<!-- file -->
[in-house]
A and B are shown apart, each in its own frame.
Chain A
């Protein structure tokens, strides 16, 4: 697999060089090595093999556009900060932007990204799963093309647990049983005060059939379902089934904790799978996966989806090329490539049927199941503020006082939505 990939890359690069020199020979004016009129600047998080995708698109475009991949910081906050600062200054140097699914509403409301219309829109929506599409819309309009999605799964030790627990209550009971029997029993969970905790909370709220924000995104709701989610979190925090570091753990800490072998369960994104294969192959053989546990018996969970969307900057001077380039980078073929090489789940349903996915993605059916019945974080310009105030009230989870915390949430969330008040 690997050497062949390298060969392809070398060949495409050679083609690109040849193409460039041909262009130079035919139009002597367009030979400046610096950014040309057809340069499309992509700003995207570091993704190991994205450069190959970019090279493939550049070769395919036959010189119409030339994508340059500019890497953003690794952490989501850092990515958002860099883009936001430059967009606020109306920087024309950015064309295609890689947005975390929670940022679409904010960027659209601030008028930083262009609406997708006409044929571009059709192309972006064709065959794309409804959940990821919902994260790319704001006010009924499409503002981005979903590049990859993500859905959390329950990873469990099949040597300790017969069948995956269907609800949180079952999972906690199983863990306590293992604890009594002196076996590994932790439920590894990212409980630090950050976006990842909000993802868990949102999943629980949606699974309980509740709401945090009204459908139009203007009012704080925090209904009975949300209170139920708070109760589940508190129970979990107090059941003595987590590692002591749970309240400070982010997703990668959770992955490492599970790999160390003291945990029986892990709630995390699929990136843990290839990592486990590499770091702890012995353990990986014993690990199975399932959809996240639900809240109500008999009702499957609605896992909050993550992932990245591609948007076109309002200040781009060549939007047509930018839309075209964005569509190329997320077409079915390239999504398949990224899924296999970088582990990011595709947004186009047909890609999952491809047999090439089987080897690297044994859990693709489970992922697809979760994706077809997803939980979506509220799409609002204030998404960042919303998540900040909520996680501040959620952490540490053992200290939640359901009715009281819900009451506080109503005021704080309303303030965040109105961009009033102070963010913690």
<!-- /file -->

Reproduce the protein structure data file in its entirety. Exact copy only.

[in-house]
A and B are shown apart, each in its own frame.
Chain A
């Protein structure tokens, strides 16, 4: 697999060089090595093999556009900060932007990204799963093309647990049983005060059939379902089934904790799978996966989806090329490539049927199941503020006082939505 990939890359690069020199020979004016009129600047998080995708698109475009991949910081906050600062200054140097699914509403409301219309829109929506599409819309309009999605799964030790627990209550009971029997029993969970905790909370709220924000995104709701989610979190925090570091753990800490072998369960994104294969192959053989546990018996969970969307900057001077380039980078073929090489789940349903996915993605059916019945974080310009105030009230989870915390949430969330008040 690997050497062949390298060969392809070398060949495409050679083609690109040849193409460039041909262009130079035919139009002597367009030979400046610096950014040309057809340069499309992509700003995207570091993704190991994205450069190959970019090279493939550049070769395919036959010189119409030339994508340059500019890497953003690794952490989501850092990515958002860099883009936001430059967009606020109306920087024309950015064309295609890689947005975390929670940022679409904010960027659209601030008028930083262009609406997708006409044929571009059709192309972006064709065959794309409804959940990821919902994260790319704001006010009924499409503002981005979903590049990859993500859905959390329950990873469990099949040597300790017969069948995956269907609800949180079952999972906690199983863990306590293992604890009594002196076996590994932790439920590894990212409980630090950050976006990842909000993802868990949102999943629980949606699974309980509740709401945090009204459908139009203007009012704080925090209904009975949300209170139920708070109760589940508190129970979990107090059941003595987590590692002591749970309240400070982010997703990668959770992955490492599970790999160390003291945990029986892990709630995390699929990136843990290839990592486990590499770091702890012995353990990986014993690990199975399932959809996240639900809240109500008999009702499957609605896992909050993550992932990245591609948007076109309002200040781009060549939007047509930018839309075209964005569509190329997320077409079915390239999504398949990224899924296999970088582990990011595709947004186009047909890609999952491809047999090439089987080897690297044994859990693709489970992922697809979760994706077809997803939980979506509220799409609002204030998404960042919303998540900040909520996680501040959620952490540490053992200290939640359901009715009281819900009451506080109503005021704080309303303030965040109105961009009033102070963010913690």